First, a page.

I learned, though, as I described the strongmen and acrobats of my early drafts that what was meaningful for me about the circus was not the spectacle it presented — it was how the circus saw us. Together, the various acts of the circus present a definition of humanity. They show us who we are by showing our extremes. Whether they’re the bravest, nimblest, strongest, biggest, or they’re freaks and sideshows, circus people mark out the limits of the human. Circus people are outsiders but also paragons of some aspect of humanity. I became very interested in thinking about how these archetypes live in our society and in how we might use the zodiac of the circus to interpret and understand unspectacular lives. So that’s how I found myself writing not about bar-bending strongmen but about a boy trained into toxic concepts of “strength,” not about acrobat families literally catching each other but about two military brothers trying to support each other, not about a lion tamer but a would-be mountain man obsessed with his own wild nature.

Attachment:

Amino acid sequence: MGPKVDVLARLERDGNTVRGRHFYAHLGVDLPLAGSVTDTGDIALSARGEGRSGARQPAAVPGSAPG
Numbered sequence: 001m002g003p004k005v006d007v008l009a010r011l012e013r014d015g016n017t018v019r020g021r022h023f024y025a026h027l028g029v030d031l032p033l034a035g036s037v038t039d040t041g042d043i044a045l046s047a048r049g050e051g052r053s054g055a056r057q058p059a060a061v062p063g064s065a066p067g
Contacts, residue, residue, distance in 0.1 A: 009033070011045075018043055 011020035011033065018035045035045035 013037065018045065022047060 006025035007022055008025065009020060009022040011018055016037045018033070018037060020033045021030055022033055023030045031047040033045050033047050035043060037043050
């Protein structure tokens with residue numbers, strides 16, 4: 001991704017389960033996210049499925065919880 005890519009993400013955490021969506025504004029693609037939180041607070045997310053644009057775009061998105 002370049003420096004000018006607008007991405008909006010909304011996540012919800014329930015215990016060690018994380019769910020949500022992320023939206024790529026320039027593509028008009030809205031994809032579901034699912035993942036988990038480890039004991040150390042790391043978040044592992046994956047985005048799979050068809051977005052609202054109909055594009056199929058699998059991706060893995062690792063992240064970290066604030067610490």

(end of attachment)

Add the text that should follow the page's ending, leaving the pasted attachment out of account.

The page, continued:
The jacket copy and cover art are going to determine how people approach the stories, but in truth, I don’t think you need to read them as circus stories at all. That was how I organized and approached the work, but the mythology of the circus is pretty well submerged. You don’t need to be thinking about the circus to “get” the book.
Q: These stories are beautifully character-driven, but each of the stories, it seems to me, is also an impressive feat of story architecture. How did you balance the formal aspects of the stories — I’m thinking in particular here of the perspective and dialogue in “Twin” — with fully exploring the emotional lives of the characters? - Rob Cline